On page 16, some of the "crests" that go on kimonos from certain eras are shown; I looked at those and though, circular medallions like that are easy to crochet, so I could crochet circles and add them on to any of the patterns in the book - or onto the plain kimono made just from the first diagram.
Some reviewers have commented that the patterns are more difficult than they expected for modular knitting; while it is true that some are, almost all the patterns can be simplified somewhat for beginners - just get a knitting friend to tell you what can be skipped or substituted. But really, the patterns ARE easier than for sweaters. For example, most of them have no buttons, and therefore no buttonholes to make - surely that makes the patterns more accessible! And most have no short rows, most have no endlessly tedious ribbing at the bottom and neck and sleeves, the way sweaters have.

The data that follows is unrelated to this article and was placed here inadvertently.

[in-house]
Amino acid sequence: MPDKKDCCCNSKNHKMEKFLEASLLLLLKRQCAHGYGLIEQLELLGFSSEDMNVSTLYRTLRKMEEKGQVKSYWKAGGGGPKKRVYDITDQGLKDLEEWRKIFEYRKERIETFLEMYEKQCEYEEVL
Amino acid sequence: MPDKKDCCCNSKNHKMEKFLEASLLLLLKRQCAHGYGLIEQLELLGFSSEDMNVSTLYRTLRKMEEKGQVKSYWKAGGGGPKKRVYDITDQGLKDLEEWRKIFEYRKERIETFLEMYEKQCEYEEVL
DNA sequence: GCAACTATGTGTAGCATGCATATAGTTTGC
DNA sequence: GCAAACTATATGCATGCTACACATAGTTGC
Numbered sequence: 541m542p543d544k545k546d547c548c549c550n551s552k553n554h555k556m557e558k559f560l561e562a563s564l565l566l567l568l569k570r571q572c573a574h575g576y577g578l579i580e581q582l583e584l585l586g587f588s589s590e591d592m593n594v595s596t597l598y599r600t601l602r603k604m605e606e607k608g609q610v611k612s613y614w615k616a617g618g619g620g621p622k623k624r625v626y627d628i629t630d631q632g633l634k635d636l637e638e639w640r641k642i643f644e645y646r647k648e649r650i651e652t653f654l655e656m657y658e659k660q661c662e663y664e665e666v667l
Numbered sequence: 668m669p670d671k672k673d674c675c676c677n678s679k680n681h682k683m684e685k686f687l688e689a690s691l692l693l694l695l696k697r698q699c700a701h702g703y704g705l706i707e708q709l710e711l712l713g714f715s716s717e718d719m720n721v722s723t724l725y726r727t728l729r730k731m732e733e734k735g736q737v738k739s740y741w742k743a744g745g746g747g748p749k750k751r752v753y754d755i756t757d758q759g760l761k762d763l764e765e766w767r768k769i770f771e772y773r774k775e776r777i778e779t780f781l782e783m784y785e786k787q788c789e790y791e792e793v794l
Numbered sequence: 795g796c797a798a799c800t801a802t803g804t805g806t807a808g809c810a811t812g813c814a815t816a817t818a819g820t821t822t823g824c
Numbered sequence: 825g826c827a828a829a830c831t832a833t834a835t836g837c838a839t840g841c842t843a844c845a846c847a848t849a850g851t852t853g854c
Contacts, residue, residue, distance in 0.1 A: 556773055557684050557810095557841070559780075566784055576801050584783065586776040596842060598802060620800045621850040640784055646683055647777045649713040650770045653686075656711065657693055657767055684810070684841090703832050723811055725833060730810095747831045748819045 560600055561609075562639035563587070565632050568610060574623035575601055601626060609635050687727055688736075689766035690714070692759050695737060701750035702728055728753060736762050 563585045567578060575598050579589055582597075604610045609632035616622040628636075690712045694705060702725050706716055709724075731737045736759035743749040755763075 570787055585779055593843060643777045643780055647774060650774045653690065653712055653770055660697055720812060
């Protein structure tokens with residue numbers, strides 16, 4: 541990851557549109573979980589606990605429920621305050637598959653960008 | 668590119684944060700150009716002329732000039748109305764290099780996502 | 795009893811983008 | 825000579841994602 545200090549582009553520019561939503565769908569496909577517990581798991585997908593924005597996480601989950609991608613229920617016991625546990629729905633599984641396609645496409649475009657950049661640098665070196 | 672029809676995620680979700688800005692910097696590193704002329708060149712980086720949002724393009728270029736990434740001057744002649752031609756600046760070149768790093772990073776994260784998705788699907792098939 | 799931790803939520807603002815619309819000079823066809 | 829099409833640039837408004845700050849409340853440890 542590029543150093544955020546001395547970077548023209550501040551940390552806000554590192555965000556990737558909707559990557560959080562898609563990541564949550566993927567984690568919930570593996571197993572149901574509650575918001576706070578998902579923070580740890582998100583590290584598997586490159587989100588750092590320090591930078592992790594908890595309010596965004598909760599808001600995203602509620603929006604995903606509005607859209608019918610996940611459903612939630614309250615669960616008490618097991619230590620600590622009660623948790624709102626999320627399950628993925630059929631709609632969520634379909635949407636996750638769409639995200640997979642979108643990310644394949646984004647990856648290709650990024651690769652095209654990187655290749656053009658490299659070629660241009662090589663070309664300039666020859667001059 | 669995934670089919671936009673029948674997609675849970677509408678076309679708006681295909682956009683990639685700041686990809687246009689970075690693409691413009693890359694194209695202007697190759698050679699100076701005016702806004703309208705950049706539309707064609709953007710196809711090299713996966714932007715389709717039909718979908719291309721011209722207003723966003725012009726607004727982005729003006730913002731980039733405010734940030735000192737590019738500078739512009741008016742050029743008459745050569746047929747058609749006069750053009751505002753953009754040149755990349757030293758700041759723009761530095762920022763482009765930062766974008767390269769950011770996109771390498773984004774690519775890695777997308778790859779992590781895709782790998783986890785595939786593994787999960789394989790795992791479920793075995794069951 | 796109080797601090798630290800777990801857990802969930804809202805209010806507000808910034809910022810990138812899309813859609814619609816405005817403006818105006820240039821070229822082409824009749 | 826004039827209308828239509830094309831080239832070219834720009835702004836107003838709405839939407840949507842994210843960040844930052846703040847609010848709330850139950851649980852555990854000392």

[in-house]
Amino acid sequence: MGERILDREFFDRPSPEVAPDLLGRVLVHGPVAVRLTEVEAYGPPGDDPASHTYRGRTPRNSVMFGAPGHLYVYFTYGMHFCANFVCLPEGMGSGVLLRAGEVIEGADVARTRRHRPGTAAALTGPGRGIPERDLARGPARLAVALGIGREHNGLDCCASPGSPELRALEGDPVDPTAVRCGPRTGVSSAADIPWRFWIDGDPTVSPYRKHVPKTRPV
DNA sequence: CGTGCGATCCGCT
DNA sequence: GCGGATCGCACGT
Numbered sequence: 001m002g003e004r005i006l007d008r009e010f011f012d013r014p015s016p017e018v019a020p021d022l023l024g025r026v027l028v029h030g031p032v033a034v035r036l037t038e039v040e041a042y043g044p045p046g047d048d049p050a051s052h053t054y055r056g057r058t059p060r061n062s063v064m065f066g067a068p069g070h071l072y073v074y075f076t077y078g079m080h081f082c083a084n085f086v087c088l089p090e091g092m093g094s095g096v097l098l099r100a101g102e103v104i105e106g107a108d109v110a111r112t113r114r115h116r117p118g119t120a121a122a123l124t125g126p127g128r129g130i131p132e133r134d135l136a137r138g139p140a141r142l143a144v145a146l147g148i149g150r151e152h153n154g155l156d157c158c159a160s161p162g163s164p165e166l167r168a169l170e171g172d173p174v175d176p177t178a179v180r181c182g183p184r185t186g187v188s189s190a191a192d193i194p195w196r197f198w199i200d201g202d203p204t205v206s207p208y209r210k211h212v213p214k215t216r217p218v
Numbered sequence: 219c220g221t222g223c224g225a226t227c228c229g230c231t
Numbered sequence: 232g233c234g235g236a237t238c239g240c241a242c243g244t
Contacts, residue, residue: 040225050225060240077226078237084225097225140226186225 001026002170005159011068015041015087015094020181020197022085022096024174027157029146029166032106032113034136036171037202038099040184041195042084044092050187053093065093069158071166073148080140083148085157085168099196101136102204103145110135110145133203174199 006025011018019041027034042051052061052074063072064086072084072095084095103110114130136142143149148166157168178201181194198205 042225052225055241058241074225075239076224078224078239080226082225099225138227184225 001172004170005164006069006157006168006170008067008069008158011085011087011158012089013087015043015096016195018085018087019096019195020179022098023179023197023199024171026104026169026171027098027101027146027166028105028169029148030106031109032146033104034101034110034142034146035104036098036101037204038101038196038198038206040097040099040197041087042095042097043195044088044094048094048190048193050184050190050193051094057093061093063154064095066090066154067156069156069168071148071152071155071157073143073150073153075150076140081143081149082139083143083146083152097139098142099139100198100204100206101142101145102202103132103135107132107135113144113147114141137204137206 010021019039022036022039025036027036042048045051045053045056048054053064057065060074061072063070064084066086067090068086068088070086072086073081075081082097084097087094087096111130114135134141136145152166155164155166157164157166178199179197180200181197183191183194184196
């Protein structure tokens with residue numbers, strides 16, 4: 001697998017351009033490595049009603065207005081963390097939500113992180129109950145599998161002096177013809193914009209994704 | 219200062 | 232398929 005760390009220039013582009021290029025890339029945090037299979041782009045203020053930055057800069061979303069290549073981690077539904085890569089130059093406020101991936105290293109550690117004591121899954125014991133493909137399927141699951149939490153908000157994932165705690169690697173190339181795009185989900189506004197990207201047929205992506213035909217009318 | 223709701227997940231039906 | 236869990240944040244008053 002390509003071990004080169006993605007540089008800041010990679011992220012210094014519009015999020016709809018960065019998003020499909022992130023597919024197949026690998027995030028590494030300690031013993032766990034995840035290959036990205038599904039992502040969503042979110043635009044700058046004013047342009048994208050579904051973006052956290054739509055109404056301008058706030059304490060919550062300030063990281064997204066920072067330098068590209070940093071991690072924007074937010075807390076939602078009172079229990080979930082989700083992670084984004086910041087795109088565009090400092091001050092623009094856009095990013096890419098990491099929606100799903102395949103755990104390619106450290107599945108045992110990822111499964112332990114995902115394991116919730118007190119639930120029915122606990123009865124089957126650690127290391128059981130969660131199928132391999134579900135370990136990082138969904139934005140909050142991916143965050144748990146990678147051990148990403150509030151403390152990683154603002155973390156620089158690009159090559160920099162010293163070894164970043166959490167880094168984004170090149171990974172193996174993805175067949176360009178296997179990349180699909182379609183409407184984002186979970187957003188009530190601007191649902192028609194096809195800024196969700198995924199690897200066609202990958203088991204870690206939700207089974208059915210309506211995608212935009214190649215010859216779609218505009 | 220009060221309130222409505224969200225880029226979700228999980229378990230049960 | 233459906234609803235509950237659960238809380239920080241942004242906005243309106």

For those who want something more difficult, one of the patterns, Haori with Crests, uses a smocking stitch. The crests are embroidered on. The Fan Kimono uses a lace pattern - but it is shorter, and the shape is even simpler, than many of the other kimonos. And for those who want an insane challenge, the Kabuki Theater Squares pattern features intarsia checks and a slip-stitch chevron border.
In short, there really IS something in here for every level of knitter, and all of it is beautiful. The pictures are great, and there are several, from several angles, taken for each piece; the diagrams are quite helpful, and the text makes it an interesting book to read, not just a pattern book.